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Old 05-30-2007, 08:24 AM   #16
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This weekend I'm trying fiber concrete tubing that I'll cut down so the bridge fit's into it then drop a sandbag into it where the vertical pole of the bridge resides.

http://www.helixgate.net/AO/ao5.jpg
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Old 06-26-2010, 03:19 AM   #17
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Old thread revival...

I'm interested in any pics y'all have or descriptions of timing loop bridges (like the ones in the BPS Series pictures above).

Or if you have a link to a better thread for information on timing bridges. I am considering trying it at our track but would rather avoid others' mistakes.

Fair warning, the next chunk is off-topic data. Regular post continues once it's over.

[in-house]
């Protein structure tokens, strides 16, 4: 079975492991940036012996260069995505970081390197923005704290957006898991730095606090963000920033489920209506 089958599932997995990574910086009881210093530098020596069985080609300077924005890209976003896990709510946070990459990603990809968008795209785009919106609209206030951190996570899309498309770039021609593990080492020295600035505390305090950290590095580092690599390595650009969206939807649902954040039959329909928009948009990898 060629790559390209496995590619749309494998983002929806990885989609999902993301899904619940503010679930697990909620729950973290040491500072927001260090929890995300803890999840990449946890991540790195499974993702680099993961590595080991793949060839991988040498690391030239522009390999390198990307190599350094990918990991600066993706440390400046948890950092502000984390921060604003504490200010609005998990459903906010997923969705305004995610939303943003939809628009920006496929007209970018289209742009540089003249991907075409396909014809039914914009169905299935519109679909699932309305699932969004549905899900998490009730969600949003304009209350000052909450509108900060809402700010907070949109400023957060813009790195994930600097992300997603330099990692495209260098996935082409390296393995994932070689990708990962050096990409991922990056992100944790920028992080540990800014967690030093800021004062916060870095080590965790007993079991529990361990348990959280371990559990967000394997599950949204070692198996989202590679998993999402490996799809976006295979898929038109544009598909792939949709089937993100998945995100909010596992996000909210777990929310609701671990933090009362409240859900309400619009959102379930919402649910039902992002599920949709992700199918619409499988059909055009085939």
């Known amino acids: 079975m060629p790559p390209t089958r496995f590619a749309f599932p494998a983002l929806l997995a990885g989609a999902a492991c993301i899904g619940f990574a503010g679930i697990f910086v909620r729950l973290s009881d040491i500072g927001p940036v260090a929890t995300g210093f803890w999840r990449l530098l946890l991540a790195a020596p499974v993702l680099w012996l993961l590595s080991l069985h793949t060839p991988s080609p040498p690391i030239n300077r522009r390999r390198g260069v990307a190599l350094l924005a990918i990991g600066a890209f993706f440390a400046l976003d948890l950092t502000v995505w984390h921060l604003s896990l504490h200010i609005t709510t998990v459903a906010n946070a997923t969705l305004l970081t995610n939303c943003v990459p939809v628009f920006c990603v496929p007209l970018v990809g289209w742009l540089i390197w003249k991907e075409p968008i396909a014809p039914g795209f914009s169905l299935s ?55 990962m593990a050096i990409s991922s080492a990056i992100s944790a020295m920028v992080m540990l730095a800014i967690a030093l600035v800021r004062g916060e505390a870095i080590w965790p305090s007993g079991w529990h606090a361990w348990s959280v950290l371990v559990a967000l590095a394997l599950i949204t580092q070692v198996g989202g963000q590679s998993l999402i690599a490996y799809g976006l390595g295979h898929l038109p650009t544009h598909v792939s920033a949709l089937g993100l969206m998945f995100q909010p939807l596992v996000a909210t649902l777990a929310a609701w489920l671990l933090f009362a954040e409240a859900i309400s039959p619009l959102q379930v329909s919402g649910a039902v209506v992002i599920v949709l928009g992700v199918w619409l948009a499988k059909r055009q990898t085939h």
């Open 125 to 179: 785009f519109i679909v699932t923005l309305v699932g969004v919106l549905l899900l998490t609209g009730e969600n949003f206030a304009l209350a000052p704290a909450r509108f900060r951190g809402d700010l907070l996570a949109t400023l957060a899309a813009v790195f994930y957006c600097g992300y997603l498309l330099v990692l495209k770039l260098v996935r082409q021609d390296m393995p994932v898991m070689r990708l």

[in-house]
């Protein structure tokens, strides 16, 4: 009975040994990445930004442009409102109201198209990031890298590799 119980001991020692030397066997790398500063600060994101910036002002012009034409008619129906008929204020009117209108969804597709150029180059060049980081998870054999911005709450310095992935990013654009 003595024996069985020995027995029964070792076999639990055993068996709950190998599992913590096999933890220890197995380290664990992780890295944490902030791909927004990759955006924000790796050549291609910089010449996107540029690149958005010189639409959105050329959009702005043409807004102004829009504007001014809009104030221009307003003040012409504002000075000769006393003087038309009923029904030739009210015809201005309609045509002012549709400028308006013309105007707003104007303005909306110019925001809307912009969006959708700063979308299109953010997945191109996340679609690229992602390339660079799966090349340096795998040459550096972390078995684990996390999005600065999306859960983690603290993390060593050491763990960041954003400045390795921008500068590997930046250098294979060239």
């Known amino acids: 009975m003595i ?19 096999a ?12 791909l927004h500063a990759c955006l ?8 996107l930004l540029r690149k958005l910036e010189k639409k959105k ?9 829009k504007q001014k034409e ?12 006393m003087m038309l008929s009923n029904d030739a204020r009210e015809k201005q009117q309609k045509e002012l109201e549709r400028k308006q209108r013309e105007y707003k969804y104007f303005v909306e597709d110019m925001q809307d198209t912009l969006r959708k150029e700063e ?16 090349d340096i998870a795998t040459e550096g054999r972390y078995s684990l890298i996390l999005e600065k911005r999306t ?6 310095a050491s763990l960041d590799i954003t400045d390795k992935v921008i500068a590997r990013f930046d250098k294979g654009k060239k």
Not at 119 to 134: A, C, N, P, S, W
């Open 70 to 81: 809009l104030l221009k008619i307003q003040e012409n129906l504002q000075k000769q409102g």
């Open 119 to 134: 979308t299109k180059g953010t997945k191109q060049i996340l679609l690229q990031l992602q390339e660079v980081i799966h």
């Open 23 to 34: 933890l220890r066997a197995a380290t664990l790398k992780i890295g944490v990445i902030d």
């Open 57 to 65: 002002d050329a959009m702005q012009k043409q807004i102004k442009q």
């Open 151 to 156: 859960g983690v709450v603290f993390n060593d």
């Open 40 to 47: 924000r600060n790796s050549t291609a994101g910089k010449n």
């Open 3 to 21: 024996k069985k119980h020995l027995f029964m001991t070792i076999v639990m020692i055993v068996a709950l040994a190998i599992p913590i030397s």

In particular I would like to keep it from sagging. I'm also considering camouflaging the loop as a track design element such as the Dunlop arch

http://farm2.static.flickr.com/1295/...16acf9.jpg?v=0

that crosses the 24 Hours of LeMans track.

Or like this one

http://www.roadcarvin.com/sites/defa...nish%20Now.JPG

We have 2x4 boards as barriers and I would like to minimize or better yet eliminate the amount of the loop that stands on the track surface as many times the lanes run back to back sharing one board.

Ideas? What do y'all run at your track with a non permanent loop? I am totally open to out of the box solutions!
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Old 06-26-2010, 05:53 AM   #18